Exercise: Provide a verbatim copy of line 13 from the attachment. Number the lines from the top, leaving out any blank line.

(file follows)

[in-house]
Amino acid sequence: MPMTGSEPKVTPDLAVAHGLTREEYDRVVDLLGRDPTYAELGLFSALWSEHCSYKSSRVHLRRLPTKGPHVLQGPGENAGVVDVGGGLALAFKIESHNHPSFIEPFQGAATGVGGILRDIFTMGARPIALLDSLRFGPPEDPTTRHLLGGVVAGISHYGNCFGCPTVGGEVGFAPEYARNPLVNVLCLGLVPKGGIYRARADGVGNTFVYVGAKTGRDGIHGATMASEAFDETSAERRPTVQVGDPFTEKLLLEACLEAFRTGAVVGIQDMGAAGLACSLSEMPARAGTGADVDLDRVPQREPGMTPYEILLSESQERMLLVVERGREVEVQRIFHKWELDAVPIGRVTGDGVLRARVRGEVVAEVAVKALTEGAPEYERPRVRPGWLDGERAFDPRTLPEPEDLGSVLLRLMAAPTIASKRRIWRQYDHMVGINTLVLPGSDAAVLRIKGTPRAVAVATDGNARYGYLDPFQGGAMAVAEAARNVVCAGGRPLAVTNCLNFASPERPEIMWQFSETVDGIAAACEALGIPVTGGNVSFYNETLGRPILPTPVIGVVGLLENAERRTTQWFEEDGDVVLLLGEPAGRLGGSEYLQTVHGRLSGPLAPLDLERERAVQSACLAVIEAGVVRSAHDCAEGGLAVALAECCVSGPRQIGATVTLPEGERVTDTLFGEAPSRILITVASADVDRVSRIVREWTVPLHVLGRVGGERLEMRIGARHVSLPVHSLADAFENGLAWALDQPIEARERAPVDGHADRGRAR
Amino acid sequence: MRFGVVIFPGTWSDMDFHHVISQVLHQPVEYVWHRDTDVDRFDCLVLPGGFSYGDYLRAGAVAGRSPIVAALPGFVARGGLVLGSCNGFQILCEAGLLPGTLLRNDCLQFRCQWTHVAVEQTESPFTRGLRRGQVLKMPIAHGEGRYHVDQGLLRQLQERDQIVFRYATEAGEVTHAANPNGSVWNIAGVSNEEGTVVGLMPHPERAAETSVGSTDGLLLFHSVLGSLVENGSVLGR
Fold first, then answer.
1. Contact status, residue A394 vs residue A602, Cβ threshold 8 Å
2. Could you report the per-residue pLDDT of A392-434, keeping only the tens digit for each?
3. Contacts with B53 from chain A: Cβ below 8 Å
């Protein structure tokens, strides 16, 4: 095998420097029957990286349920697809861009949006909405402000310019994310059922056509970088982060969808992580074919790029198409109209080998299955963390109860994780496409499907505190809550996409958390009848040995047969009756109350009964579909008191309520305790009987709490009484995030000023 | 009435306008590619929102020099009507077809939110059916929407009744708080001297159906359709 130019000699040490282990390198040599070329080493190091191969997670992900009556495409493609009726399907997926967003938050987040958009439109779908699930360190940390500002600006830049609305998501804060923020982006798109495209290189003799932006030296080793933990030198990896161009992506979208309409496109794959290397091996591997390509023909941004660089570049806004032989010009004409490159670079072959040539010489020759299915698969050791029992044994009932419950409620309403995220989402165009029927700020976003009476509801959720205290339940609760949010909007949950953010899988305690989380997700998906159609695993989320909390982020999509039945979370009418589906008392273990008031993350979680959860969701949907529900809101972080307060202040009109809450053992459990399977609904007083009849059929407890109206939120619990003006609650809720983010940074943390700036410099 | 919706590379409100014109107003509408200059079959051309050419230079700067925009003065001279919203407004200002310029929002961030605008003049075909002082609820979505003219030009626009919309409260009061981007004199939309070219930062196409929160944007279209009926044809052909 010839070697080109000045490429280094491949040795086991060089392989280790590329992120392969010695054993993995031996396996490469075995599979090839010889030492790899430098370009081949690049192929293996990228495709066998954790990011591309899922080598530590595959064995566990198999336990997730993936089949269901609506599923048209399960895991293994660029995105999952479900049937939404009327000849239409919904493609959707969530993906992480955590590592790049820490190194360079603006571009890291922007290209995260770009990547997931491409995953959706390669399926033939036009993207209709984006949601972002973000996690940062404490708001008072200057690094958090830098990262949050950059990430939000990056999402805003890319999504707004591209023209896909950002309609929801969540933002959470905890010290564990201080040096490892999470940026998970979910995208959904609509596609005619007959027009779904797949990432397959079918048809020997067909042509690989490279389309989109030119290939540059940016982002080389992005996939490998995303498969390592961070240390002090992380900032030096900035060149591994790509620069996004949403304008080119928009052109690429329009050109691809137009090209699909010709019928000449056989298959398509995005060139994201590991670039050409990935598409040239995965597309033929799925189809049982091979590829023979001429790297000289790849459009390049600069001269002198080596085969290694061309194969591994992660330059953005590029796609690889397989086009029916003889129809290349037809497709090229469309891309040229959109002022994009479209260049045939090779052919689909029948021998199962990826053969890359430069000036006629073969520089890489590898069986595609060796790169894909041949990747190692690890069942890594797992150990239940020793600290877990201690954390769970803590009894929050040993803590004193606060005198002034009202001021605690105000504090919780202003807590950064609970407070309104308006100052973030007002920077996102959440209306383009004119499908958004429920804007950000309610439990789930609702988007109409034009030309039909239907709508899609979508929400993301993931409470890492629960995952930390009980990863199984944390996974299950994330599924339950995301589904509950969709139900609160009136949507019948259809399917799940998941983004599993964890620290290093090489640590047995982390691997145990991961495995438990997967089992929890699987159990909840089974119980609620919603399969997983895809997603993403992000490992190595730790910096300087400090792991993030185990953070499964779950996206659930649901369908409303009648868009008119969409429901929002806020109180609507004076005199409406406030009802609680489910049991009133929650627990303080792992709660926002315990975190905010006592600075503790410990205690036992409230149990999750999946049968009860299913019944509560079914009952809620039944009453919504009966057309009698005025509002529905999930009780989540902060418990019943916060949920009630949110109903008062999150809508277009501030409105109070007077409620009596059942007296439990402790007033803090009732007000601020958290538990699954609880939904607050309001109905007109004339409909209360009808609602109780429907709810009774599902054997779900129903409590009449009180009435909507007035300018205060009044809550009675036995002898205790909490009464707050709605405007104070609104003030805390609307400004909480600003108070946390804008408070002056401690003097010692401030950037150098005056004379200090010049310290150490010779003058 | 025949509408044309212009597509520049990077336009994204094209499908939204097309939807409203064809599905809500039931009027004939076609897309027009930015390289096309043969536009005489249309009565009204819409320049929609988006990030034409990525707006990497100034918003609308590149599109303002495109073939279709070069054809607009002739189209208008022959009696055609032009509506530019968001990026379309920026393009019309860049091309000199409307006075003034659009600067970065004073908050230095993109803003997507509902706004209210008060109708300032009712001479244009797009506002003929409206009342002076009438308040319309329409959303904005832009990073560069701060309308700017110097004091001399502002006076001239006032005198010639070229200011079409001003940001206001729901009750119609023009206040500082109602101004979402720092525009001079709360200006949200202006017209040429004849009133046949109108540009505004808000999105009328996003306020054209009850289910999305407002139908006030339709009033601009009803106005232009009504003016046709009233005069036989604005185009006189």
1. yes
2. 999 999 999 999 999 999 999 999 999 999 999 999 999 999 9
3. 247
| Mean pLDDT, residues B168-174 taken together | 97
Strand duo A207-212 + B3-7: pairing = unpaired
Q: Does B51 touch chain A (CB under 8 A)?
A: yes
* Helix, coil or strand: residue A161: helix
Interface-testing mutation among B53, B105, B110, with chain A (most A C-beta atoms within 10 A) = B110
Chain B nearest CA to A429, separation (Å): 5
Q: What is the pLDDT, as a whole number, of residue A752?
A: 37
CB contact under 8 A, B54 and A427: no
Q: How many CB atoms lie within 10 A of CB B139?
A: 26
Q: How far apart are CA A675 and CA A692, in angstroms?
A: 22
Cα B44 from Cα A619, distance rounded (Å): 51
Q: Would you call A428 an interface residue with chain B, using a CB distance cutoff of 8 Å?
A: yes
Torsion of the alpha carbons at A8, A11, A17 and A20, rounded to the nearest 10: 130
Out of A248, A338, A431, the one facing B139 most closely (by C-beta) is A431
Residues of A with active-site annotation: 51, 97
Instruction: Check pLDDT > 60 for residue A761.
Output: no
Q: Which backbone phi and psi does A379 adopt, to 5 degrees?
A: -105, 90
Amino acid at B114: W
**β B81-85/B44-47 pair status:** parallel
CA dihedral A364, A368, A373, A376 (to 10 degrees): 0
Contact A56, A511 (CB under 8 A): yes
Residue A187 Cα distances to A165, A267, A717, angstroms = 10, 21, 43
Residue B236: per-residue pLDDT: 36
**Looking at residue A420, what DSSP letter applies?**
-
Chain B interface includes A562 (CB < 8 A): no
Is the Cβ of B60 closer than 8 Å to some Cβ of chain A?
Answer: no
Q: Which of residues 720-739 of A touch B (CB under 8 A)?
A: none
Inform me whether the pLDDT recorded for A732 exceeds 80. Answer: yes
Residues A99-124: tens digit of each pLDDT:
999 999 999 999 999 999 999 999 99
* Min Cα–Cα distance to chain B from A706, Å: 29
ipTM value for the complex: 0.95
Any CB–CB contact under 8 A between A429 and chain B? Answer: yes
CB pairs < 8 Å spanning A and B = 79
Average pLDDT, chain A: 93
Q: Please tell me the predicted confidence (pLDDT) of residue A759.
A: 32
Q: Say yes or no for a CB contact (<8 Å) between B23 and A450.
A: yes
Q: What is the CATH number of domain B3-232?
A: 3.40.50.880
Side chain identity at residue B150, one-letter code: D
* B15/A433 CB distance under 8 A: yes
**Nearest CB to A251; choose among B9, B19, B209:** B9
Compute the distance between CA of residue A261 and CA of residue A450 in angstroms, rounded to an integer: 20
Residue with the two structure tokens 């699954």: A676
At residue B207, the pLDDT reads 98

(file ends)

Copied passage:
Strand duo A207-212 + B3-7: pairing = unpaired